The Multimodal book as organism, artefact and assemblage: non-human agency in processes of growing and making.
This practice-based research diffracts the hierarchical dominance of humans over nature by considering non-human agency in the processes of growing and making (Hallam and Ingold 2014). While historical divisions and hierarchies that justify human superiority over the world (and men over women) have been strongly contested (Martuzevich, Shiva, Merchant), tacit acceptance of the division between nature and culture is still encouraged by a neoliberal, human-centric model which views nature as a passive commodity (Klein). I suggest that a shift in perception to entertain the possibility of non-human agency will encourage a participatory relationship with the world which diffuses the exaggerated division between nature and culture.
The ‘multimodal book’, conceived as an investigative practice which includes the maker and reader, and also as an assemblage of works which come together in an exhibition, is developed to examine and articulate human-non-human relationships. Haptic and temporal aspects of the book are explored alongside growing plants to set up a dynamic interplay between concepts of organism and artefact and to interrogate non-human agency in the processes of growing and making. Ecosemiotics (Maran and Kull 2014) and multimodality (Kress) provide a mutually supportive methodology. Ecosemiotic readings of non-linguistic signs in the processes of growing and making are articulated as social-semiotic ‘modes’ in the multimodal book. The theoretical framework for this research is grounded in posthumanism and new materialisms (Latour 2004, Bennett 2010, Barad 2003).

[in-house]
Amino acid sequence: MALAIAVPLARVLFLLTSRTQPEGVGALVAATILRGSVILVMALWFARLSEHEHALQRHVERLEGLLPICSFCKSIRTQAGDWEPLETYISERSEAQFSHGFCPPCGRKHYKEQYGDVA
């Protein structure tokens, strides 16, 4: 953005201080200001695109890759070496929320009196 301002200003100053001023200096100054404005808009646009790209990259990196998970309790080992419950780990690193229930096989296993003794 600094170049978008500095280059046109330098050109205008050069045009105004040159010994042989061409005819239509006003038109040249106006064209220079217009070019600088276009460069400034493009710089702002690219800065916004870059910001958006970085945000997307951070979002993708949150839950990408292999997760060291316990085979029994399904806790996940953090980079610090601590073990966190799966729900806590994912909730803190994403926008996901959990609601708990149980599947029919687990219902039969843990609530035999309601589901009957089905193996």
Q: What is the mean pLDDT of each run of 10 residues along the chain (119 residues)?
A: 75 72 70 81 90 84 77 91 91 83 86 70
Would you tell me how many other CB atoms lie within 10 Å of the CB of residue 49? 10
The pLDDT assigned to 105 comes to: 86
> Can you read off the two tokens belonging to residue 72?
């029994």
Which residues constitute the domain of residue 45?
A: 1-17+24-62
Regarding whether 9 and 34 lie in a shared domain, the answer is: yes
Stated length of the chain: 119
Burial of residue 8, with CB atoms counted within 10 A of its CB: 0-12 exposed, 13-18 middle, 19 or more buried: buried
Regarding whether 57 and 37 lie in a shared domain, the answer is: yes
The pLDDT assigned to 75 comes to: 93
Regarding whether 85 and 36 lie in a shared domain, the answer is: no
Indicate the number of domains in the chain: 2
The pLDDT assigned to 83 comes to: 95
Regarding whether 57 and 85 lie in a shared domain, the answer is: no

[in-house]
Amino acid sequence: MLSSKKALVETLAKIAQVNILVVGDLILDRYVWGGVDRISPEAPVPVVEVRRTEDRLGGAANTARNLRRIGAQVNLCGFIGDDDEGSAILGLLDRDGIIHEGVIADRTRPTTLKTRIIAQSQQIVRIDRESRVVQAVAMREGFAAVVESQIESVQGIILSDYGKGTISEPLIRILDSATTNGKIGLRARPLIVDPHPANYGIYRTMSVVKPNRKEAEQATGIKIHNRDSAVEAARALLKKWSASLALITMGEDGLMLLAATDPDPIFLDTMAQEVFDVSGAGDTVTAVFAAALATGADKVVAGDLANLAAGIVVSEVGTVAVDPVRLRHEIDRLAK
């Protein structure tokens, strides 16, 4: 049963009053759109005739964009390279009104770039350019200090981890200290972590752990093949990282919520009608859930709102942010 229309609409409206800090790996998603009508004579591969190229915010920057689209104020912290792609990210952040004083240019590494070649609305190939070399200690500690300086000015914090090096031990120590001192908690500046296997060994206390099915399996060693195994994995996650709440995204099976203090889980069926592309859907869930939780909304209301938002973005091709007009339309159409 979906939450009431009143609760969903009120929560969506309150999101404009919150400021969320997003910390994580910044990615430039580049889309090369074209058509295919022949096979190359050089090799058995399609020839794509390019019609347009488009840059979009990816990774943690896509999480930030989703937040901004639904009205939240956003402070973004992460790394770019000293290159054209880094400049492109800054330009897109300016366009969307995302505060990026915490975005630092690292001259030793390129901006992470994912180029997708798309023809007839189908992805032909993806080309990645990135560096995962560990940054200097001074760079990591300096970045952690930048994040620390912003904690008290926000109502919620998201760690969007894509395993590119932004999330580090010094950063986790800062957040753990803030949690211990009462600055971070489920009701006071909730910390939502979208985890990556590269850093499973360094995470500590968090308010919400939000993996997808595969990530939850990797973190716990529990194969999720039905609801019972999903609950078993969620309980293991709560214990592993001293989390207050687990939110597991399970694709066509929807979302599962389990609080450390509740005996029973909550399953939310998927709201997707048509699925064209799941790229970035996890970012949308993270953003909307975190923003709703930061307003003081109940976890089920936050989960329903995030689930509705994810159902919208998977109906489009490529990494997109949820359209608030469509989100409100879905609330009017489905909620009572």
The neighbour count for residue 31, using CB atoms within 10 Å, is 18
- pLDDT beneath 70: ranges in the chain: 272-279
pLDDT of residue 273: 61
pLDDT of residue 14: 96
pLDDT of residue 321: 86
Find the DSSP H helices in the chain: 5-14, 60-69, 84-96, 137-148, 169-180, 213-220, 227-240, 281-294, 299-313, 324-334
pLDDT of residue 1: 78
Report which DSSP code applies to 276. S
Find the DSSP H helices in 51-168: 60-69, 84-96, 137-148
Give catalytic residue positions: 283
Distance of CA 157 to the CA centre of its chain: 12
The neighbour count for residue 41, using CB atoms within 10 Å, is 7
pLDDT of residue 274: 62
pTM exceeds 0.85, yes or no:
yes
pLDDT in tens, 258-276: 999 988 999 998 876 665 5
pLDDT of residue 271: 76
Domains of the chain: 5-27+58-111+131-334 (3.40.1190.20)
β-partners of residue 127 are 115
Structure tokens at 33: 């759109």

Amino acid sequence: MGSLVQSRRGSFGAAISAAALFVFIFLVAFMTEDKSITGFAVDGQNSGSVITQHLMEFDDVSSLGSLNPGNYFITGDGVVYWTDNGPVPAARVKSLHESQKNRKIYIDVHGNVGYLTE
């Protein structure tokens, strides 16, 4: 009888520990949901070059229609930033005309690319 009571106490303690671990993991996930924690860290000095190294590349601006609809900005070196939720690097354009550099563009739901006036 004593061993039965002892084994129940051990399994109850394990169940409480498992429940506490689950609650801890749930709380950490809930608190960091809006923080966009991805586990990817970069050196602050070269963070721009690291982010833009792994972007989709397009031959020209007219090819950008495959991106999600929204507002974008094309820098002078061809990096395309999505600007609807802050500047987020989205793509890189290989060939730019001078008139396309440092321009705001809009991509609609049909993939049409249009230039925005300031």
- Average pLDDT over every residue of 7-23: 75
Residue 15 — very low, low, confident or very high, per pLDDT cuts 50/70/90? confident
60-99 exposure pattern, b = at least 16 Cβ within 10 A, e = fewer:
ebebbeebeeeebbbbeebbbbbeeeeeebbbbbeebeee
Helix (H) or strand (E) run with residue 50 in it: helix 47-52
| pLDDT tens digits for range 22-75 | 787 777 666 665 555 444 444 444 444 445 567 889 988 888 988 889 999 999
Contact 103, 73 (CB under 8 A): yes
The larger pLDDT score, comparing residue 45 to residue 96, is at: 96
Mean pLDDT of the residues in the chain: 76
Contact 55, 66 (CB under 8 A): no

Under the premise that small-scale, material encounters are an effective and achievable way of making bonds with nature, my practice includes participatory engagement with plants and books at a site in Whitworth Park, which will also serve as an outdoor exhibition space for collective work.